Friday fun: hippocampus (or should I say, elephant-campus)

Jul 06 2012 Published by under Uncategorized

I am always in awe of "unlikely animal friends," and there are plenty of these videos on YouTube from which to enjoy. This CBS Evening News Assignment America particularly interested me, featuring the friendship of Tarra the elephant and Bella the dog.

Steve Hartman has reported two follow-ups since this 2009 story. The latest, which I caught back in November, was heartbreaking, but extraordinarily fascinating. Sadly, Bella was killed by what appeared to be a coyote attack on October 26. When the location of the attack was pinpointed, the blood on Tarra's trunk made it evident that the elephant had carried her friend a mile back to the house. Tarra showed all signs of depression—her fellow elephant friends at the Elephant Sanctuary in Hohenwald, TN rallied and reached out to her, spending more time with her and offering her their food. Nothing short of amazing, right?

Anybody with a pet wonders whether their animals can feel emotion. Scientific studies have reported signs of joy in rats, empathy in mice, and anger in baboons. We've all heard about pets who stand vigil over sick or dying owners, dogs who adopt extreme levels of responsibility for the blind or disabled, and my friend has a cat who is particularly affectionate when she isn't feeling well, physically or emotionally.

Elephants, in particular, demonstrate unusually high levels of grief in response to tragedy. They have also been shown to suffer psychological flashbacks resembling post-traumatic stress disorder (PTSD), and their wide range of human-like behaviors include mimicry, art, play, altruism, use of tools, problem-solving, cooperation, a sense of humor, and possibly language.

Elephants, it turns out, have an unusually large and convoluted hippocampus, a region in the brain particularly involved in emotion. In elephants, the hippocampus comprises 0.7% of the central structure of the brain, compared to just 0.5% in humans and 0.1% in dolphins, another highly intelligent and emotional mammal. Memory is stored in the temporal lobe (structure 1a, left), which is especially large and distinct in the elephant. Their particularly developed spatial memory may account for their tendency toward flashbacks and incredible ability to traverse long distances by memory.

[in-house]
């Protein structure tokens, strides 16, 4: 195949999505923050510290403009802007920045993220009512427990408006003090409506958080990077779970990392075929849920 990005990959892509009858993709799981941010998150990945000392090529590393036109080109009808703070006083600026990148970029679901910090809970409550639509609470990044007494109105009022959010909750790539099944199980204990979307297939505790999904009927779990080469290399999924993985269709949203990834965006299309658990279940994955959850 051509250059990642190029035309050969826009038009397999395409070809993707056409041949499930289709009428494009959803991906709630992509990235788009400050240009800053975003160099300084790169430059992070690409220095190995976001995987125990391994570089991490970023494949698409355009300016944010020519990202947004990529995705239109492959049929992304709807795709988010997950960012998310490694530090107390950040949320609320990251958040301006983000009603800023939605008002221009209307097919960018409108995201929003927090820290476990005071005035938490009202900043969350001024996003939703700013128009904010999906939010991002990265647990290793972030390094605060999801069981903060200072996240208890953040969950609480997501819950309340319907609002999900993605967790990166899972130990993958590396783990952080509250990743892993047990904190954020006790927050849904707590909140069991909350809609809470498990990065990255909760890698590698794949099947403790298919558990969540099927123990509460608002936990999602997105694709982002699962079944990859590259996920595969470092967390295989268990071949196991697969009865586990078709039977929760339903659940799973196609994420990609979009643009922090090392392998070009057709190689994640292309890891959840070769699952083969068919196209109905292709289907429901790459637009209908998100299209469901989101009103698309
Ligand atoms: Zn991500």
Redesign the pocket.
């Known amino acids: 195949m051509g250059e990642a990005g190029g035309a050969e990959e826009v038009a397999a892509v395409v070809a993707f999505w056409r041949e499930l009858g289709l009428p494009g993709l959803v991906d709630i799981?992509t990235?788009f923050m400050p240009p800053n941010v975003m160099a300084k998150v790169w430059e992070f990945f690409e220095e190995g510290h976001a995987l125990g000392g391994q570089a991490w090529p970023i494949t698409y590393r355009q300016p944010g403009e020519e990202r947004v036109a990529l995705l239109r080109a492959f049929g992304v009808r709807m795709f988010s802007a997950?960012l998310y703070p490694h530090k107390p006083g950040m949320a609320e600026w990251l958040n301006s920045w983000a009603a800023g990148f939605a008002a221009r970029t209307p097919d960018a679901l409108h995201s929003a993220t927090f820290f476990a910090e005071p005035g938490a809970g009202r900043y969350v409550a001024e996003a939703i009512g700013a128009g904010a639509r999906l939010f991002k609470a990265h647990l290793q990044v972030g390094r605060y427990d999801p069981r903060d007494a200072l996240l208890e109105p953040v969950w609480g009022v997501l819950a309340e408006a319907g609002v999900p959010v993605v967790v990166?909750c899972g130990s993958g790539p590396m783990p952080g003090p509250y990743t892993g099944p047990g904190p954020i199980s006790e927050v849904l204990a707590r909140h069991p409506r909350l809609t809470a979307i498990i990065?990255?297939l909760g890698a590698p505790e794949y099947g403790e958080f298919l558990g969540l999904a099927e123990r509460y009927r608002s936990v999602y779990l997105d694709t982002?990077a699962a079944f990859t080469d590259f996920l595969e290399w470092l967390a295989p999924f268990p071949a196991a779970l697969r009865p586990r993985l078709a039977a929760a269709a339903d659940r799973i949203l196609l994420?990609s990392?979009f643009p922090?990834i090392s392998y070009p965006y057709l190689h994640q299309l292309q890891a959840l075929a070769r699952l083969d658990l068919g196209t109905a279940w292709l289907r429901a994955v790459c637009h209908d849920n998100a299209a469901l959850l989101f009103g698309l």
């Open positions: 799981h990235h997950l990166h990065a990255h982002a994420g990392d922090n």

All very fascinating, but in the meantime, makes a sad story for Tarra and her lost friend. It seems that Aristotle was correct in once noting that elephants are "the beast which passeth all others in wit and mind."

Hakeem, A., Hof, P., Sherwood, C., Switzer, R., Rasmussen, L., & Allman, J. (2005). Brain of the African elephant (Loxodonta africana): Neuroanatomy from magnetic resonance images The Anatomical Record Part A: Discoveries in Molecular, Cellular, and Evolutionary Biology, 287A (1), 1117-1127 DOI: 10.1002/ar.a.20255

One response so far

  • Rachel S says:

    I was very interested in this article , as I am an elephant enthusiast. I would like to get involved in elephant rescue, sanctuaries, and rehabilitation. I recently wrote a persuasive essay on elephant rights in which opened the eyes of those who read/heard it and are blind to just how remarkable this animal is. The story about Tarra is very sad, but proves the high intelligence that is very present in elephants. I'm not sure if this article was something you had written for a common love of the amazing creature or not, but what I am sure of is that it makes a difference. Every step we as people take towards the rights (and respect) of elephants is HUGE and very important to not only the elephants themselves, but elephant lovers.
    Anyways, my point in commenting is to say thank you.
    Have a good one,
    Rachel